APEX Insight: The latest installment of Gogo’s Global Traveler Research Series zeroes in on Generation Z and includes a foreboding find for the future of seatback screens.
Released this week, the latest installment of in-flight Wi-Fi provider Gogo’s Global Traveler Research Series builds off of earlier research on millennials and shifts its focus to the Generation Z demographic. Unsurprisingly, Gen Zers reinforce the preferences of millennials, especially when it comes to tech expectations. Most notably, Gen Z, also known as iGen and Gen Tech, is the first generation to prefer personal devices over seatback screens.
Defined generally as the cohort born between the years 1995 and 2011, Generation Zers are today’s teenagers and young adults, falling between seven and 23 years old. Where millennials, those 24 to 38 years old, might have had an iPod as their first gadget, for Gen Zers’ it was a smartphone. At an estimated 60 million, Gen Zers represent more than one-fifth of the US population, outnumbering the oft-scrutinized millennials by at least a million.
Generation Zers are less likely than millennials to have a frequent flyer membership.
Gogo’s research, which focuses on those aged 18-23, finds that Gen Zers are far more likely to consider themselves novice air travelers, compared to millennials. Accordingly, they’re less likely to have a frequent flyer membership, too (35 percent, versus 51 percent of millennials), representing a significant opportunity for airlines.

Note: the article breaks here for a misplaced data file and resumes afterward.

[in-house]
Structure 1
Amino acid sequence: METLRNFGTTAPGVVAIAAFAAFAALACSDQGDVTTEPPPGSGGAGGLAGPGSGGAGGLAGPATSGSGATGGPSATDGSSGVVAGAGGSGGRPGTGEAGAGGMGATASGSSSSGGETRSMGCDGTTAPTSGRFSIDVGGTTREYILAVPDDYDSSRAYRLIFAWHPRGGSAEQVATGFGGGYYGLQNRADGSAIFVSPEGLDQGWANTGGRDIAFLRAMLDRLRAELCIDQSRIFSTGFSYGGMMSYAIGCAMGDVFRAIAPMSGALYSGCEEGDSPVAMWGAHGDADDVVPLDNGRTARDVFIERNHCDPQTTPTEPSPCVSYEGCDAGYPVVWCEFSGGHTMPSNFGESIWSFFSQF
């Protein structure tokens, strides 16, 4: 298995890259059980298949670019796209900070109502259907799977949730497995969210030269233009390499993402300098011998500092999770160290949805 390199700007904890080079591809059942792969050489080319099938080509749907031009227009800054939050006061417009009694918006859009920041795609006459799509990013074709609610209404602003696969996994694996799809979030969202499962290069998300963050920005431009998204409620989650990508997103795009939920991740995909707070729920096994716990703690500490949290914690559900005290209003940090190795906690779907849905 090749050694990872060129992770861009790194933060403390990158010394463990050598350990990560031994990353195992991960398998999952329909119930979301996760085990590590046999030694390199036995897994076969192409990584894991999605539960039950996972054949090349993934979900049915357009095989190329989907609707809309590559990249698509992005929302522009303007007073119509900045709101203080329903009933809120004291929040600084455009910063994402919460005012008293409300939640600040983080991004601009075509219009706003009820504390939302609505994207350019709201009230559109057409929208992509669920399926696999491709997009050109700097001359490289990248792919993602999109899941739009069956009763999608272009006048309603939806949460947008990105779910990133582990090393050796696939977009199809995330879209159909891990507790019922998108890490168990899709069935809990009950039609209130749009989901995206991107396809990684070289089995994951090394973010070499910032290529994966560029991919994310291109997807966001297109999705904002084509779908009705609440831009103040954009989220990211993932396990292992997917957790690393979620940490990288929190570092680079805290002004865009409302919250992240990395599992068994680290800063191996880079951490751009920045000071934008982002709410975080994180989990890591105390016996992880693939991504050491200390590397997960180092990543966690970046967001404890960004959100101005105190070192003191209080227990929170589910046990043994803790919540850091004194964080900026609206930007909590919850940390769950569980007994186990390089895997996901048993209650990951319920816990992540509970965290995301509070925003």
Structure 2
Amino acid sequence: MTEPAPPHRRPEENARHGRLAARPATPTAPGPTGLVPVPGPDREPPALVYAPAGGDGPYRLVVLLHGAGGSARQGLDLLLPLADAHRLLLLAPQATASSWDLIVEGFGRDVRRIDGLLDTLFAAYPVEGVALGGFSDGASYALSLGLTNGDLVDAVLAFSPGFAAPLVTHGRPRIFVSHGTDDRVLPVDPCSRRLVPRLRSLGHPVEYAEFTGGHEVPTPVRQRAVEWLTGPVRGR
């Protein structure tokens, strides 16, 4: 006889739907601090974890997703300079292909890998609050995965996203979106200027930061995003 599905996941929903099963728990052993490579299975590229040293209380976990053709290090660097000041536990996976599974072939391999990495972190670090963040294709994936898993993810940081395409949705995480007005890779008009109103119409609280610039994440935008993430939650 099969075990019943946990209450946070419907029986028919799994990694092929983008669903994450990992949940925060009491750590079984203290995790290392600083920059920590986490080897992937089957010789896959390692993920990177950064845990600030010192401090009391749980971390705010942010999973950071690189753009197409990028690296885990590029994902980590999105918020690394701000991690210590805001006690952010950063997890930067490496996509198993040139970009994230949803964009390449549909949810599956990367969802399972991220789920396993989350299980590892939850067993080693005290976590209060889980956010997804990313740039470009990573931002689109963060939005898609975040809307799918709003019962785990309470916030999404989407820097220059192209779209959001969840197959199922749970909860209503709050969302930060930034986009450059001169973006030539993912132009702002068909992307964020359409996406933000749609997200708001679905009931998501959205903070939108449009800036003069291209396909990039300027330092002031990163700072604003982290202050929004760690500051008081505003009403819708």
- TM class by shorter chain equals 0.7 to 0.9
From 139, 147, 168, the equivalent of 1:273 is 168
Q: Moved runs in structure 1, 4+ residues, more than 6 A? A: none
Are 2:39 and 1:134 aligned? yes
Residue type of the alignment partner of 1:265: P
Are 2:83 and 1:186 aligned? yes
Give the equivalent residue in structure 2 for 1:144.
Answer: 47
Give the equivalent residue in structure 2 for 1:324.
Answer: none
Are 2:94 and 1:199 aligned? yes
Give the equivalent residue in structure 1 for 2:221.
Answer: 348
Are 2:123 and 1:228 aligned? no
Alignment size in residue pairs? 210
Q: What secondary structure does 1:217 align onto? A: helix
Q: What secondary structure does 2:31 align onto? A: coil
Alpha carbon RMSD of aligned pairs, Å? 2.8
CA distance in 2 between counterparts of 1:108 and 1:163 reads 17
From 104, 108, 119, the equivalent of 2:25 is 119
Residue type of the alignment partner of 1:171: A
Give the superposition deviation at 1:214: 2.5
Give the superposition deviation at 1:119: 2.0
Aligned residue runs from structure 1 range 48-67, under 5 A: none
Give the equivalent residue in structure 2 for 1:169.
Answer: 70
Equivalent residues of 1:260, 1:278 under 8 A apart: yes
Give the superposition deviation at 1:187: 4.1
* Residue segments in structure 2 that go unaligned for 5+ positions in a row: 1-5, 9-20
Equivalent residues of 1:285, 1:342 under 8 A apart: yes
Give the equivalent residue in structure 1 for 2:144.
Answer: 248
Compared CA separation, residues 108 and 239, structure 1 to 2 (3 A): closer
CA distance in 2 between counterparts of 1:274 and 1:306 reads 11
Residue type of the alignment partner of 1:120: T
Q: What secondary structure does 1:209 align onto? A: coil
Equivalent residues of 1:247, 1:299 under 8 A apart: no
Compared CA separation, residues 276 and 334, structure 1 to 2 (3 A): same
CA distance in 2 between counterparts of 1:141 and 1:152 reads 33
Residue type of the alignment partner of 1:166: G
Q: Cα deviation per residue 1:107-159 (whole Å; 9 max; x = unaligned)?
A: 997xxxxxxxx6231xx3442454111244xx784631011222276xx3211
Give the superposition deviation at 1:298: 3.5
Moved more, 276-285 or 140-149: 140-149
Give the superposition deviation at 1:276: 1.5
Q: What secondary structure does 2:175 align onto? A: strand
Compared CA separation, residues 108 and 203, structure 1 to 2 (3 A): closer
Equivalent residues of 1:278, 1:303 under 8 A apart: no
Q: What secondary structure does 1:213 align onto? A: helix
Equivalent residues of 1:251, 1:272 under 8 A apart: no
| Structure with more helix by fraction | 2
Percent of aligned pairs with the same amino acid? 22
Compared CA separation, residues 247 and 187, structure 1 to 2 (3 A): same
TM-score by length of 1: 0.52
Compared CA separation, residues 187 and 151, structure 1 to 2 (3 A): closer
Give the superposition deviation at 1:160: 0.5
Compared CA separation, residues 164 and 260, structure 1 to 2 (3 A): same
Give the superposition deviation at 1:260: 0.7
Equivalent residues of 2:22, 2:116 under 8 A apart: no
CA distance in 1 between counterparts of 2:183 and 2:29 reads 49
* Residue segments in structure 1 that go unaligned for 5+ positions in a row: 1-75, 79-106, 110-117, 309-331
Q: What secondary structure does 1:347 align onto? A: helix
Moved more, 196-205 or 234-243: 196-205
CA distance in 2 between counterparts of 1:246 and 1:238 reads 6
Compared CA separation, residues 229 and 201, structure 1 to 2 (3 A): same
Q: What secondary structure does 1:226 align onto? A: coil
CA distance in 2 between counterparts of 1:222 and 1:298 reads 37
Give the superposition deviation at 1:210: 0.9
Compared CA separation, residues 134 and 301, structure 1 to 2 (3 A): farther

Although new to the workforce, Generation Z brags an impressive $44 billion in purchasing power. Factor in its influence on parent and home purchases and its actual spending power is closer to $200 billion.
While they may consider themselves novice flyers, Gen Zers take to flight with high expectations. Gogo’s report found that they are more likely to consider in-flight amenities a necessity when traveling, and 97 percent would like some level of personalization on their next flight.
As fluent-in-emoji digital natives, Gen Zers’ tech savviness makes them better at multitasking and translates to expectations for multiple in-flight entertainment options – including access to social platforms, and the ability to play video games and stream TV and movies. According to a recent study from Pew Research Center, YouTube, Instagram, and Snapchat are the most popular platforms among teens.
That 91 percent of Gen Zers expect in-flight Wi-Fi should come as no surprise. The amenity is so important to them that they’re more likely than millennials to prioritize Wi-Fi when booking a flight (37 percent versus 35 percent of millennials).
They’re also more likely than millennials to bring a device on board. In fact, Gen Zers are averaging three devices per flyer – and they’re slightly more likely to use their devices in-flight too (91 percent versus 89 percent of millennials).
For a generation that would sooner use a flashlight app than they would an actual flashlight, it’s not surprising that Generation Z would rather use personal devices instead of “old school” seatback screens to consumer content in flight. Besides, it pretty much goes without saying that teenagers prefer to be left to their own devices.